The hayrack ride transports guests to and fro on the ranch, speeding up walks so guests can spend more time reveling in the play zone’s bounce houses, climbable straw bales, and tire towers. For more exhilarating pastimes, the ranch offers tennis-ball launchers that send the bright orbs soaring at water-based targets, exhilarating zipline courses, and fire pits to warm up chilly fall afternoons. Inside the concession stand, staffers sell steamy cups of specialty ciders and hot chocolate alongside homemade baked goods, giving guests a taste of fall, and outside, vendors serve up larger bites such as grilled and smoked meat to fuel the outdoor fun.
Laughter and shrieks of excitement fill the air as families plunge down an enclosed water slide's 420-foot descent. The thrill ride is just one of the attractions that pack King's Pointe Resort & Waterpark's indoor and outdoor entertainment facilities. Nestled against the edge of Storm Lake, the outdoor park invites visitors to soar down its five slides and ponder loudly why its lazy river doesn't get a real job. The howling hurricane slide’s green open flume winds down to the earth in tangled twists, and side-by-side slides let friends race down 100-foot drops. Within the 20,000-square-foot indoor park, three more slides, a rock-climbing wall, and a slew of year-round activities await. Above all else, King's Pointe Resort & Waterpark makes safety a priority across all of their attractions; Red Cross–certified lifeguards keep a close eye on all visitors.
With balconies overlooking Storm Lake or the city, the onsite resort offers a relaxing retreat in which to browse free WiFi and order room service. Hungry guests have more options in the resort’s two restaurants: the Sara Lee Snack Shack and the Regatta Grille, where a wood-fired grill cooks ahi tuna and chefs pour alfredo sauce over al dente pool noodles.
The race's runners squirm and snort at the starting line. Ham Bone, Miss Piggy, and Pork Chop may just be piglets, but in the course of one fall season at Dan-D Farms, they'll transform into world-class swine sprinters. Approximately every two hours, they'll storm down a 100-yard improvised raceway, complete with a water obstacle. That's right––a water obstacle. "Our pigs," farm owner Debra Kearney confirms, "can swim."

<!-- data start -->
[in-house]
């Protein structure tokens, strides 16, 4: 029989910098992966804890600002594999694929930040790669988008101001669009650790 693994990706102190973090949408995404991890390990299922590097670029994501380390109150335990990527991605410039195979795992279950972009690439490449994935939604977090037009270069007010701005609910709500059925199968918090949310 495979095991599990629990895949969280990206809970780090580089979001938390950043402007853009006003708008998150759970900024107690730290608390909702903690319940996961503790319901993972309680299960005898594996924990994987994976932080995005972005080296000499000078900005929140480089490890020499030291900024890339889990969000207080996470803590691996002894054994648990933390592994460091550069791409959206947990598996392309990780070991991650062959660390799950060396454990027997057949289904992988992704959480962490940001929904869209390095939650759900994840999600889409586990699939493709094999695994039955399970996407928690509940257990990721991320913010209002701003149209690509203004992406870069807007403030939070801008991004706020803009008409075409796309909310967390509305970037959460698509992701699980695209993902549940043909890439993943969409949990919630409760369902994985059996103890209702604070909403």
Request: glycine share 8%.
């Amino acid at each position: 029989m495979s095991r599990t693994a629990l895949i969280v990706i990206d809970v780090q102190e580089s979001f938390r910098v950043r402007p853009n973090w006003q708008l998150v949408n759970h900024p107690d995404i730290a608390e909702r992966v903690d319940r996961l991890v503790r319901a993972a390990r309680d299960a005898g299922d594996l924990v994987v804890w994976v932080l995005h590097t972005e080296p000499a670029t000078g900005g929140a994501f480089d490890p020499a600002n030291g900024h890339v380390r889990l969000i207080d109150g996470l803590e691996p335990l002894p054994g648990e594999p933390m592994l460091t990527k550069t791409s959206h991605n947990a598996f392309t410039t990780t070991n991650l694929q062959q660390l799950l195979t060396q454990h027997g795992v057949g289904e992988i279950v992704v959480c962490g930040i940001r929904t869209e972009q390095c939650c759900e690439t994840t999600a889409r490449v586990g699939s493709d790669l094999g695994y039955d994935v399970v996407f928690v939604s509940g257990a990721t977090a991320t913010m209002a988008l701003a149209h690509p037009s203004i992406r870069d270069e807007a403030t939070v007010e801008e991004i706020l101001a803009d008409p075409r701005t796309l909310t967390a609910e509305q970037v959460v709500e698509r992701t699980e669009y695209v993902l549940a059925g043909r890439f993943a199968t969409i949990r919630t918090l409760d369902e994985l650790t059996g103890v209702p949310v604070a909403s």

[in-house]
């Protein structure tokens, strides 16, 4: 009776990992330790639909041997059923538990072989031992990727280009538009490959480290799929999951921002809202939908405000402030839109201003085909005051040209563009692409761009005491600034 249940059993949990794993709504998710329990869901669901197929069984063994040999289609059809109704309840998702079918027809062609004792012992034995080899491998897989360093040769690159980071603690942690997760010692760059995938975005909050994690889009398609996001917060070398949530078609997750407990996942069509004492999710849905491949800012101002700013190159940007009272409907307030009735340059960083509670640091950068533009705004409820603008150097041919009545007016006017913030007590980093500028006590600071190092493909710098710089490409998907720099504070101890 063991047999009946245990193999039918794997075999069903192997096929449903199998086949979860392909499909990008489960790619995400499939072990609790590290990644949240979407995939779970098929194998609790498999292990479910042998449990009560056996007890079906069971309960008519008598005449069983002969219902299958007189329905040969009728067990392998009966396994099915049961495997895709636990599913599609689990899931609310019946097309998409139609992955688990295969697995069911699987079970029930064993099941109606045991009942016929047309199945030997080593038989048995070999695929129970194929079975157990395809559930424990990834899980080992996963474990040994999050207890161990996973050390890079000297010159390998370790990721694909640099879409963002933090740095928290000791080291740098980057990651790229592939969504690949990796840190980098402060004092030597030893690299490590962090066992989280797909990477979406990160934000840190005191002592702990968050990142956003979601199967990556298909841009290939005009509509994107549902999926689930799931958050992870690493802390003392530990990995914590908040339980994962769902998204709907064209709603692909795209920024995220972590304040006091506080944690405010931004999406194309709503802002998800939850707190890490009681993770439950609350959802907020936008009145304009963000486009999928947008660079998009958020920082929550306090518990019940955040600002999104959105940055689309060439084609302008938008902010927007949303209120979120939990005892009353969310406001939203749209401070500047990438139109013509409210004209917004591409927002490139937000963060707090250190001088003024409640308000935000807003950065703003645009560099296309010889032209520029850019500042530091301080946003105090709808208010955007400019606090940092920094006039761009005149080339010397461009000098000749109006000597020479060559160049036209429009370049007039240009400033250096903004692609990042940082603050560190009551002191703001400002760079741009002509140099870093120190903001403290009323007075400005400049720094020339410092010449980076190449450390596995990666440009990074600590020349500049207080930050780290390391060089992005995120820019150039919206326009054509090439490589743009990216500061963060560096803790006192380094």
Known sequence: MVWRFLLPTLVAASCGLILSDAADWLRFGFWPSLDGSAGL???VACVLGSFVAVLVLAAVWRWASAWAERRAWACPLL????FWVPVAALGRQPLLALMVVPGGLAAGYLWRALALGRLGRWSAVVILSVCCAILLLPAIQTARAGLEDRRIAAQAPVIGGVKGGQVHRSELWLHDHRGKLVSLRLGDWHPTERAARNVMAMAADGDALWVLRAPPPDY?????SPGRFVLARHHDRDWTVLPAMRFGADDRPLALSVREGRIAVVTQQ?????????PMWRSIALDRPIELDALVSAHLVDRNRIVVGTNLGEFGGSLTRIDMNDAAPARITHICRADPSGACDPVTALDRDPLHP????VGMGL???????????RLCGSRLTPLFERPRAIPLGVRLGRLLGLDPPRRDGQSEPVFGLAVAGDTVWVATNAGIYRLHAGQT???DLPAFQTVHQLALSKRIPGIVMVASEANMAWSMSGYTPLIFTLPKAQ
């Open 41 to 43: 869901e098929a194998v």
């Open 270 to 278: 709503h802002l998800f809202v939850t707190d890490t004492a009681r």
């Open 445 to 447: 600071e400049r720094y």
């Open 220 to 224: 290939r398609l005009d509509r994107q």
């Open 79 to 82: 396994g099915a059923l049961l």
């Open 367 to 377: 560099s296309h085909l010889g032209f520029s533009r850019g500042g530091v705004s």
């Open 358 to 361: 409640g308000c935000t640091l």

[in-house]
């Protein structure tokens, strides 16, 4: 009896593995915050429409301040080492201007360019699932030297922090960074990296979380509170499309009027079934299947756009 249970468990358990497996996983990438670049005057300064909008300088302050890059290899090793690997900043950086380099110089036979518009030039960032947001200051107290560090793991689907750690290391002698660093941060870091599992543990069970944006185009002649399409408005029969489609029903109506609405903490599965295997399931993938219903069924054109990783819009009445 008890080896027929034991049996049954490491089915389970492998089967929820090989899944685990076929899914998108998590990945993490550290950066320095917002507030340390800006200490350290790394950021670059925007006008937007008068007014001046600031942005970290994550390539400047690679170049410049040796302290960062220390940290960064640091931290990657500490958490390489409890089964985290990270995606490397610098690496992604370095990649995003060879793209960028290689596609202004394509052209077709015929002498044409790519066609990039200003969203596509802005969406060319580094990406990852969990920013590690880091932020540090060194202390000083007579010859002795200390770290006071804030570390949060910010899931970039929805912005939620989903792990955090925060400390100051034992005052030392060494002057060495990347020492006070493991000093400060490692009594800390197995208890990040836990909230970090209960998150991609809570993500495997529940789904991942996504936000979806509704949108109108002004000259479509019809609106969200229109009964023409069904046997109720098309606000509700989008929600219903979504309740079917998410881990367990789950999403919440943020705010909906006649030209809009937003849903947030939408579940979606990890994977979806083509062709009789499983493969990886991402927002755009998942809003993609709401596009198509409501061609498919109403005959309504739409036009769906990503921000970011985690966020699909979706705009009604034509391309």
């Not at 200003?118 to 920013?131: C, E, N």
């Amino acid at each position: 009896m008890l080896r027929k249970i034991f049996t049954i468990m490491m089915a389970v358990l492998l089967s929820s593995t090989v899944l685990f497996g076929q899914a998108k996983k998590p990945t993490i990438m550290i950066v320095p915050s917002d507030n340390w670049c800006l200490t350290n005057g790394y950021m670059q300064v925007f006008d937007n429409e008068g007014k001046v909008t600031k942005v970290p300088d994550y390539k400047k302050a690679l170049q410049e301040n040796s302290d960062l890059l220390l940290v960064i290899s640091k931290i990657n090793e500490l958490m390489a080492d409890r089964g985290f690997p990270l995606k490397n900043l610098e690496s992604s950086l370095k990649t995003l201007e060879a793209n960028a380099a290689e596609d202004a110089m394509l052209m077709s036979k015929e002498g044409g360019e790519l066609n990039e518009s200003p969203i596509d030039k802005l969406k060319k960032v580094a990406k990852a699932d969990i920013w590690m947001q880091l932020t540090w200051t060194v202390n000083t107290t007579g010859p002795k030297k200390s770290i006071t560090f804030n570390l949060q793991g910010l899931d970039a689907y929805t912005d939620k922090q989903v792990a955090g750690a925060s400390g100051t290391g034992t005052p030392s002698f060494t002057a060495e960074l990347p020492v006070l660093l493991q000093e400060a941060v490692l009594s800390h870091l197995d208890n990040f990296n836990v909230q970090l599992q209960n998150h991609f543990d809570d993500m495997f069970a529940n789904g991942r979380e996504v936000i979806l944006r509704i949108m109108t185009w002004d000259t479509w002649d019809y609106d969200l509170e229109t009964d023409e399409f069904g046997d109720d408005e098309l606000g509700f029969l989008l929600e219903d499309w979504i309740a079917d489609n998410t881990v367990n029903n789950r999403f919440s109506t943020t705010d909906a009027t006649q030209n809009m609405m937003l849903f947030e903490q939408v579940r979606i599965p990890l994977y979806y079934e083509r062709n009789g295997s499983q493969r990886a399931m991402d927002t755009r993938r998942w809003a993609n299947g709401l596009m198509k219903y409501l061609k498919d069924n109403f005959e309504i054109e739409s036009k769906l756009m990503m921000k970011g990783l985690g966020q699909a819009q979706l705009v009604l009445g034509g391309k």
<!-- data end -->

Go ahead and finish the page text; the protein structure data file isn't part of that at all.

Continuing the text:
These riotous races are just one part of the lineup of events that overtakes Dan-D Farms each fall. Guests flock to this family-friendly affair to scramble over hay bales, feed wooly sheep, or test their sense of direction in one of two hay mazes. Each year for their maze, Debra and her family––including dad, Dan––devise a new design, but try to stick to things that are Iowa related. Past mazes have included the image of iconic Iowans such as native son John Wayne, and the ISU Cyclones and Iowa Hawkeyes mascots, as well as a reproduction of the American Gothic painting by Anamosa, Iowa–native Grant Wood. Each June, they begin marking the design into the 20-acre field, painting and flagging rows like boxes on grid paper, and then cut out the tunnels before the corn grows knee-high or develops the ability to cry. While this intricate, artistic design requires huge amounts of time and labor, less energy is spent carving out the separate haunted corn maze, where the fear-factor relies on simple twists and turns, instead of fancy effects or animatronics. "It's really not too hard," Debra says, "to scare people in a dark, dusty corn field."